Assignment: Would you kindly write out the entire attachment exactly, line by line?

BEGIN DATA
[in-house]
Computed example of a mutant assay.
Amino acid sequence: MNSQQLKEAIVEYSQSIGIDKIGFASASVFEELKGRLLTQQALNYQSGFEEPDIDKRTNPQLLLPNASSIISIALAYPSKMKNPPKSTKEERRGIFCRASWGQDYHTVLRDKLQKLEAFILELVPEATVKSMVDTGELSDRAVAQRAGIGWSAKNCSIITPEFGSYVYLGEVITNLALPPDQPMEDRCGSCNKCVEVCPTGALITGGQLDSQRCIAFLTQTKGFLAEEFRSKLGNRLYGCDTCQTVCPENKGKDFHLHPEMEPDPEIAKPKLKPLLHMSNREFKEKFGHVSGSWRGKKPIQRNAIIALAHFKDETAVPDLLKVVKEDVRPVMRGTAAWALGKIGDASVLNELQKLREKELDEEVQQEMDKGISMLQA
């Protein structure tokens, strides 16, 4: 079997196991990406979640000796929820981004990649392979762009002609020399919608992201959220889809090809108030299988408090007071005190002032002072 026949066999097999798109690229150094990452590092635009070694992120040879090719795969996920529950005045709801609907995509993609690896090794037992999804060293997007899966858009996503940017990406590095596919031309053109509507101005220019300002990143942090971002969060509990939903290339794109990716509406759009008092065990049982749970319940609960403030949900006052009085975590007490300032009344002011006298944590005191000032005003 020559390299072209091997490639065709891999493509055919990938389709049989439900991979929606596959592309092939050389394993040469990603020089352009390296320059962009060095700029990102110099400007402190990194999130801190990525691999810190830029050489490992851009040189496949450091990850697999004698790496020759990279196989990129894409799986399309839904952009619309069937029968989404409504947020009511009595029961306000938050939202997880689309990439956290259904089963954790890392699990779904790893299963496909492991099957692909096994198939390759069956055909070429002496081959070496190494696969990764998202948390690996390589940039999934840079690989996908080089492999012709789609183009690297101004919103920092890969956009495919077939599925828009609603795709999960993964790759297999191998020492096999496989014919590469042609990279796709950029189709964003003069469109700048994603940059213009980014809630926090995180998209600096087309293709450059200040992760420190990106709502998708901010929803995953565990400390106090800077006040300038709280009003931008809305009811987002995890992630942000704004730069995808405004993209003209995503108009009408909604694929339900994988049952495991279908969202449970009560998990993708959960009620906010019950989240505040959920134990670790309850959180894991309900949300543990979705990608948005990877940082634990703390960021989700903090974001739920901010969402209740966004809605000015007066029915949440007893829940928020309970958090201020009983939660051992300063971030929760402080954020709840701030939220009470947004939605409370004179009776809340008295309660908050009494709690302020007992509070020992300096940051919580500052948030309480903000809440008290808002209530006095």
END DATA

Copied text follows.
[in-house]
Computed example of a mutant assay.
Amino acid sequence: MNSQQLKEAIVEYSQSIGIDKIGFASASVFEELKGRLLTQQALNYQSGFEEPDIDKRTNPQLLLPNASSIISIALAYPSKMKNPPKSTKEERRGIFCRASWGQDYHTVLRDKLQKLEAFILELVPEATVKSMVDTGELSDRAVAQRAGIGWSAKNCSIITPEFGSYVYLGEVITNLALPPDQPMEDRCGSCNKCVEVCPTGALITGGQLDSQRCIAFLTQTKGFLAEEFRSKLGNRLYGCDTCQTVCPENKGKDFHLHPEMEPDPEIAKPKLKPLLHMSNREFKEKFGHVSGSWRGKKPIQRNAIIALAHFKDETAVPDLLKVVKEDVRPVMRGTAAWALGKIGDASVLNELQKLREKELDEEVQQEMDKGISMLQA
């Protein structure tokens, strides 16, 4: 079997196991990406979640000796929820981004990649392979762009002609020399919608992201959220889809090809108030299988408090007071005190002032002072 026949066999097999798109690229150094990452590092635009070694992120040879090719795969996920529950005045709801609907995509993609690896090794037992999804060293997007899966858009996503940017990406590095596919031309053109509507101005220019300002990143942090971002969060509990939903290339794109990716509406759009008092065990049982749970319940609960403030949900006052009085975590007490300032009344002011006298944590005191000032005003 020559390299072209091997490639065709891999493509055919990938389709049989439900991979929606596959592309092939050389394993040469990603020089352009390296320059962009060095700029990102110099400007402190990194999130801190990525691999810190830029050489490992851009040189496949450091990850697999004698790496020759990279196989990129894409799986399309839904952009619309069937029968989404409504947020009511009595029961306000938050939202997880689309990439956290259904089963954790890392699990779904790893299963496909492991099957692909096994198939390759069956055909070429002496081959070496190494696969990764998202948390690996390589940039999934840079690989996908080089492999012709789609183009690297101004919103920092890969956009495919077939599925828009609603795709999960993964790759297999191998020492096999496989014919590469042609990279796709950029189709964003003069469109700048994603940059213009980014809630926090995180998209600096087309293709450059200040992760420190990106709502998708901010929803995953565990400390106090800077006040300038709280009003931008809305009811987002995890992630942000704004730069995808405004993209003209995503108009009408909604694929339900994988049952495991279908969202449970009560998990993708959960009620906010019950989240505040959920134990670790309850959180894991309900949300543990979705990608948005990877940082634990703390960021989700903090974001739920901010969402209740966004809605000015007066029915949440007893829940928020309970958090201020009983939660051992300063971030929760402080954020709840701030939220009470947004939605409370004179009776809340008295309660908050009494709690302020007992509070020992300096940051919580500052948030309480903000809440008290808002209530006095």